The gathering at the sanctuary in the foothills of the Pyrenees is the first major Catholic event in France since priest Jacques Hamel was killed by two jihadists, who stormed his church during Mass on July 26th and slit his throat.
The Feast of the Assumption marks the ascent into Heaven of the Virgin Mary, mother of Jesus Christ. Groups from across Europe, the Middle East and Asia have travelled to Lourdes for the occasion - one of the biggest in the Catholic calendar.
"We've come to pray for peace in the world, which seems to be in chaos," Piet Tarappa, an Indonesian businessman who came from Jakarta with 35 other pilgrims and a bishop, told AFP.
Security was extremely tight ahead for this year's pilgrimage, which culminated on Monday with an open-air mass conducted by Cardinal Philippe Barbarin at the spot where Mary is said to have appeared to a shepherd girl in 1858.
The airspace above Lourdes was closed to flights over the weekend and the streets around the sanctuary were sealed off to traffic. Soldiers in fatigues with automatic rifles slung over their shoulders watched over the ceremony and a helicopter flew overhead.
'Pray for France'
A series of Islamist attacks in France over the past year and a half have rocked the country, with a massacre in the Riviera city of Nice on the July 14th Bastille Day shattering months of relative peace after the devastating attacks in Paris in November.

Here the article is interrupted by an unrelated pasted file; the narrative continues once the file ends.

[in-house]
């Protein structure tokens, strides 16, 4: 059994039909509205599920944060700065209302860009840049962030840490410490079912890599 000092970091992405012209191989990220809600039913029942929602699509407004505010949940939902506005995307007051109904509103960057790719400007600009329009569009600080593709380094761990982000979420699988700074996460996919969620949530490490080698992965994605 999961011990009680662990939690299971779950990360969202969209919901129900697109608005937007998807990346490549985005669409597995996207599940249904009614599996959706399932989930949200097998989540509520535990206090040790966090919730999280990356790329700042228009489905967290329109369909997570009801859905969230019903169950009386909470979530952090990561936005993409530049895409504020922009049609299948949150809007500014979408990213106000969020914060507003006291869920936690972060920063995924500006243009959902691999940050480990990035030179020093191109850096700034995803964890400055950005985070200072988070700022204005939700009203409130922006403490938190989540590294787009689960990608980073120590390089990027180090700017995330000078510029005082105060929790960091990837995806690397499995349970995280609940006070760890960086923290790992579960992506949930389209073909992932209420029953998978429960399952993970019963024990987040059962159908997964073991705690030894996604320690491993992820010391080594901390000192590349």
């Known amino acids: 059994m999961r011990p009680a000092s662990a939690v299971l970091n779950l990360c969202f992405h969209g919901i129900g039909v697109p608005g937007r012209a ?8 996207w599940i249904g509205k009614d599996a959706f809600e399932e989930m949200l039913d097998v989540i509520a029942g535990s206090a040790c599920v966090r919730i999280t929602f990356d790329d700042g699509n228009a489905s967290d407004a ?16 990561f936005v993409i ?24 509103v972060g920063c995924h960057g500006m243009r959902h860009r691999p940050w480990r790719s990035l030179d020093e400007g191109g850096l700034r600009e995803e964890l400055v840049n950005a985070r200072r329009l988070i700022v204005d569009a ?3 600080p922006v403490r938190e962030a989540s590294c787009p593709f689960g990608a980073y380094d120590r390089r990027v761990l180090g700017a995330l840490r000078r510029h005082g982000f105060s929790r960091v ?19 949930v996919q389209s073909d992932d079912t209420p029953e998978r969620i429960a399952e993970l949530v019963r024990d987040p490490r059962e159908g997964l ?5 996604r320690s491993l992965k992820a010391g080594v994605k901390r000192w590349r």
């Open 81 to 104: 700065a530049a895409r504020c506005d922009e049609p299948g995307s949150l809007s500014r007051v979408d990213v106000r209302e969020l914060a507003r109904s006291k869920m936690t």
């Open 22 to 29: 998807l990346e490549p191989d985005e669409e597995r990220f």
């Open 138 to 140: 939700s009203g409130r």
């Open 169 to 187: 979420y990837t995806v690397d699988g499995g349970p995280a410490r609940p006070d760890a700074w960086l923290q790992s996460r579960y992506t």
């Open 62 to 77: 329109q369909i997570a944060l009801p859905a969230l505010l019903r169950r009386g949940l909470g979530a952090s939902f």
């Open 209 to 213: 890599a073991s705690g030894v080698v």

Noting the sombre mood surrounding this year's Assumption celebrations Lourdes Bishop Nicolas Brouwet said: "Deep down, we realize... that our country is the target, not just the Catholic Church."
Only around seven per cent of French Catholics regularly attend church according to a 2010 survey. Local church leaders have sought to rally the faithful in the face of the recent attacks, asking them to "pray for France".
They have also asked Catholics to visit a church and light a candle for Hamel, whose teen killers claimed allegiance to the Islamic State group. The 85-year-old's murder in Normandy came less than two weeks after a Tunisian - said by investigators to have become radicalized by online jihadist videos - slammed a truck into a crowd leaving a fireworks display in Nice at the other end of the country, killing 85 people.
With tourist arrivals in the country plummeting, authorities in Lourdes had worried that the number of visitors to this year's pilgrimage would be sharply down. Several major public events have been cancelled over security concerns.
But fears of mass cancellations in Lourdes failed to materialize. Instead, organizers noted a late surge in bookings by pilgrims apparently seeking solace in faith.
"It's important to show that life goes on," said Matthieu Guignard, one of the pilgrimage coordinators, told AFP. "It's not because a few fanatics try to sow fear that we should abandon our faith, our beliefs, our way of living."
Lourdes attracts around six million people a year, making it one of the biggest sites of Catholic pilgrimage in the world. Many visitors bring sick or disabled relatives, who come to bathe in a spring in the cave where Bernadette said she saw Mary, believing the water to have healing properties.